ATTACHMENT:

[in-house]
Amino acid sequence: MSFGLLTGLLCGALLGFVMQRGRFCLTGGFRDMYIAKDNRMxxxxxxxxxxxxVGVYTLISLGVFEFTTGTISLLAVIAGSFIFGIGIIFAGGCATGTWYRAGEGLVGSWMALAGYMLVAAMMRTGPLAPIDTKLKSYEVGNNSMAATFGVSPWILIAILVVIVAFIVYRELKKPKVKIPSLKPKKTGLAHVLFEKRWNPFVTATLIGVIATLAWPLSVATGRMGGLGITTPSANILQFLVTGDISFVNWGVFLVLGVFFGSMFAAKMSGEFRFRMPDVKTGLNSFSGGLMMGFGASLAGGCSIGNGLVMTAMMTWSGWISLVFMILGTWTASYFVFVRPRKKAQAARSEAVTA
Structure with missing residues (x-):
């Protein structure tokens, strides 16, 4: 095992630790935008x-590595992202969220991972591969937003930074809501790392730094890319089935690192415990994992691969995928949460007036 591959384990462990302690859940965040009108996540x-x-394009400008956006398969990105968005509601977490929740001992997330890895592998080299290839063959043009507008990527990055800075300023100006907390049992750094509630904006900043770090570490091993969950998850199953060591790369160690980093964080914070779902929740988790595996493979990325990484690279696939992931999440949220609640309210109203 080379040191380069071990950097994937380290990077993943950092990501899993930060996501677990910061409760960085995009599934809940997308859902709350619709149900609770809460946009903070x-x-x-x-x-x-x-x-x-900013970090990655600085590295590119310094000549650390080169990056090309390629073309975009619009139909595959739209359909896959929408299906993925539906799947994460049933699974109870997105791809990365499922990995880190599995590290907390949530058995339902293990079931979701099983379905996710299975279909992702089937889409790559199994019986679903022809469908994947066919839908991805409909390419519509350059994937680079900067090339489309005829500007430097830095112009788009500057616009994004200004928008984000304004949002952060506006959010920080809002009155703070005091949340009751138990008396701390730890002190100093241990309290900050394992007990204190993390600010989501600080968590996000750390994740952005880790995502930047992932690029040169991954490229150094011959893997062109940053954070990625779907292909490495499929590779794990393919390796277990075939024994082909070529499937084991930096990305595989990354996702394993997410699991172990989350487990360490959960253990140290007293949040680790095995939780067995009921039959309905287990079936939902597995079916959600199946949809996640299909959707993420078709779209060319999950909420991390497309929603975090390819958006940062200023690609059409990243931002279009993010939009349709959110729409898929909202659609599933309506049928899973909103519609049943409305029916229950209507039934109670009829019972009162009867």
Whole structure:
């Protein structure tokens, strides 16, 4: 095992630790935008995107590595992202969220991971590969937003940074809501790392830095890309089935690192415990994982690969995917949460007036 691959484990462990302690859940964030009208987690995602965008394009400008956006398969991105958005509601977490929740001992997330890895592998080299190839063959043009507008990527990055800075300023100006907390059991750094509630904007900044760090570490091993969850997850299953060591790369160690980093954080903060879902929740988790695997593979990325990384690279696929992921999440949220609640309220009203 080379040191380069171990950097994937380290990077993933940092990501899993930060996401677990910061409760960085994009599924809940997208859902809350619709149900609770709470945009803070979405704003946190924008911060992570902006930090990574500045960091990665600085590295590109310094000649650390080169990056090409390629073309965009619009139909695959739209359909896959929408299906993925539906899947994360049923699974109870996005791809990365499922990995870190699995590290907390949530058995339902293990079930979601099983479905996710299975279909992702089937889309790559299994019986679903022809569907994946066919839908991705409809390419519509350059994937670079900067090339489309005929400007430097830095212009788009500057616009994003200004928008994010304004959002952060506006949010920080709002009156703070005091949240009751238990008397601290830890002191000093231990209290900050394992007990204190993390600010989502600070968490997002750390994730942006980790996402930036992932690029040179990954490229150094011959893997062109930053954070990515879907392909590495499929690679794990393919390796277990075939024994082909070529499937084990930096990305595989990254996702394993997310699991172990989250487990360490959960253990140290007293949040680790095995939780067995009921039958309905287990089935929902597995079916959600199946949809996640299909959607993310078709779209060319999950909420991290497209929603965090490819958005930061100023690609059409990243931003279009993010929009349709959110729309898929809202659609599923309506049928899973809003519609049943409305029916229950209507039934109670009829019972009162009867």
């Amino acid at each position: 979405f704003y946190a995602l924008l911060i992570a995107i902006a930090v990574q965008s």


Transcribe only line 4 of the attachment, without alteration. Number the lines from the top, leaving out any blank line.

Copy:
């Protein structure tokens, strides 16, 4: 095992630790935008x-590595992202969220991972591969937003930074809501790392730094890319089935690192415990994992691969995928949460007036 591959384990462990302690859940965040009108996540x-x-394009400008956006398969990105968005509601977490929740001992997330890895592998080299290839063959043009507008990527990055800075300023100006907390049992750094509630904006900043770090570490091993969950998850199953060591790369160690980093964080914070779902929740988790595996493979990325990484690279696939992931999440949220609640309210109203 080379040191380069071990950097994937380290990077993943950092990501899993930060996501677990910061409760960085995009599934809940997308859902709350619709149900609770809460946009903070x-x-x-x-x-x-x-x-x-900013970090990655600085590295590119310094000549650390080169990056090309390629073309975009619009139909595959739209359909896959929408299906993925539906799947994460049933699974109870997105791809990365499922990995880190599995590290907390949530058995339902293990079931979701099983379905996710299975279909992702089937889409790559199994019986679903022809469908994947066919839908991805409909390419519509350059994937680079900067090339489309005829500007430097830095112009788009500057616009994004200004928008984000304004949002952060506006959010920080809002009155703070005091949340009751138990008396701390730890002190100093241990309290900050394992007990204190993390600010989501600080968590996000750390994740952005880790995502930047992932690029040169991954490229150094011959893997062109940053954070990625779907292909490495499929590779794990393919390796277990075939024994082909070529499937084991930096990305595989990354996702394993997410699991172990989350487990360490959960253990140290007293949040680790095995939780067995009921039959309905287990079936939902597995079916959600199946949809996640299909959707993420078709779209060319999950909420991390497309929603975090390819958006940062200023690609059409990243931002279009993010939009349709959110729409898929909202659609599933309506049928899973909103519609049943409305029916229950209507039934109670009829019972009162009867």